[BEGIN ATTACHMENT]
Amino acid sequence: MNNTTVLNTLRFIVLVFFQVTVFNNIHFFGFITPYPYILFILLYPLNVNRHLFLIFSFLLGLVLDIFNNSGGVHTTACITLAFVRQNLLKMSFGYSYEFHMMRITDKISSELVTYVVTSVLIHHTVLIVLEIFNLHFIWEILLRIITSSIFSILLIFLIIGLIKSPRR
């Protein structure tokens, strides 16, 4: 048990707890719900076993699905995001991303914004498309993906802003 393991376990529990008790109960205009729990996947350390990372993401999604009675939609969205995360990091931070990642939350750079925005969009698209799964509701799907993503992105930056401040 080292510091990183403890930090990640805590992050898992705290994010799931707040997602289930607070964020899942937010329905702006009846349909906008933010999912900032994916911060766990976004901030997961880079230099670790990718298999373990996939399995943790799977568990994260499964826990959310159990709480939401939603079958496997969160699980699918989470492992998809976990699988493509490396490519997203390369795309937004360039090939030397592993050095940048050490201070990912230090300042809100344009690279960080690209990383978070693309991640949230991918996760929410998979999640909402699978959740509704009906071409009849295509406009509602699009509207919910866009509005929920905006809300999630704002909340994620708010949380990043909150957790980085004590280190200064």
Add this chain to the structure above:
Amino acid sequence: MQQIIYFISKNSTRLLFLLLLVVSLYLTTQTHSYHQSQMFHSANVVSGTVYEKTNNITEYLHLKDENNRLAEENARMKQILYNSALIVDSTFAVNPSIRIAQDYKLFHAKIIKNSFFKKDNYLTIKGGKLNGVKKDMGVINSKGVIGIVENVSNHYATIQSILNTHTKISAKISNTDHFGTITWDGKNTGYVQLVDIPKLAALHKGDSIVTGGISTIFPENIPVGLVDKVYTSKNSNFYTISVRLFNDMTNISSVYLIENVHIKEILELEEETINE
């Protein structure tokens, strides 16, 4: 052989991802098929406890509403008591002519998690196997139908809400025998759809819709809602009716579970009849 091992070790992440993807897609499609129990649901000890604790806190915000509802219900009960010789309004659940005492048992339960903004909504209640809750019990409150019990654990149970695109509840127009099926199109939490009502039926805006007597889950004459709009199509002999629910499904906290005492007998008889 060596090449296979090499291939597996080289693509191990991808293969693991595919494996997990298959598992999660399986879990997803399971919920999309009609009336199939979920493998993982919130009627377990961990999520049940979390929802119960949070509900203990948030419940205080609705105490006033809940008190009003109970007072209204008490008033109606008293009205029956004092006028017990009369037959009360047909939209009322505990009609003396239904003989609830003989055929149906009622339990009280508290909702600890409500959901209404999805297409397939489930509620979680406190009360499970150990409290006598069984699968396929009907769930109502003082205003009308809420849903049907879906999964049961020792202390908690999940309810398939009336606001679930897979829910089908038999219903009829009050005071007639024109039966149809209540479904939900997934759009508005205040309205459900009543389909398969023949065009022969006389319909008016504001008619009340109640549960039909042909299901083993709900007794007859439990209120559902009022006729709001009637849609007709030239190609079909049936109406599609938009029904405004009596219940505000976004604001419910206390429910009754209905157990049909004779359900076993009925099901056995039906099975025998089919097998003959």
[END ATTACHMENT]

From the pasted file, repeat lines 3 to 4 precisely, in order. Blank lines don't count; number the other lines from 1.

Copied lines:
Add this chain to the structure above:
Amino acid sequence: MQQIIYFISKNSTRLLFLLLLVVSLYLTTQTHSYHQSQMFHSANVVSGTVYEKTNNITEYLHLKDENNRLAEENARMKQILYNSALIVDSTFAVNPSIRIAQDYKLFHAKIIKNSFFKKDNYLTIKGGKLNGVKKDMGVINSKGVIGIVENVSNHYATIQSILNTHTKISAKISNTDHFGTITWDGKNTGYVQLVDIPKLAALHKGDSIVTGGISTIFPENIPVGLVDKVYTSKNSNFYTISVRLFNDMTNISSVYLIENVHIKEILELEEETINE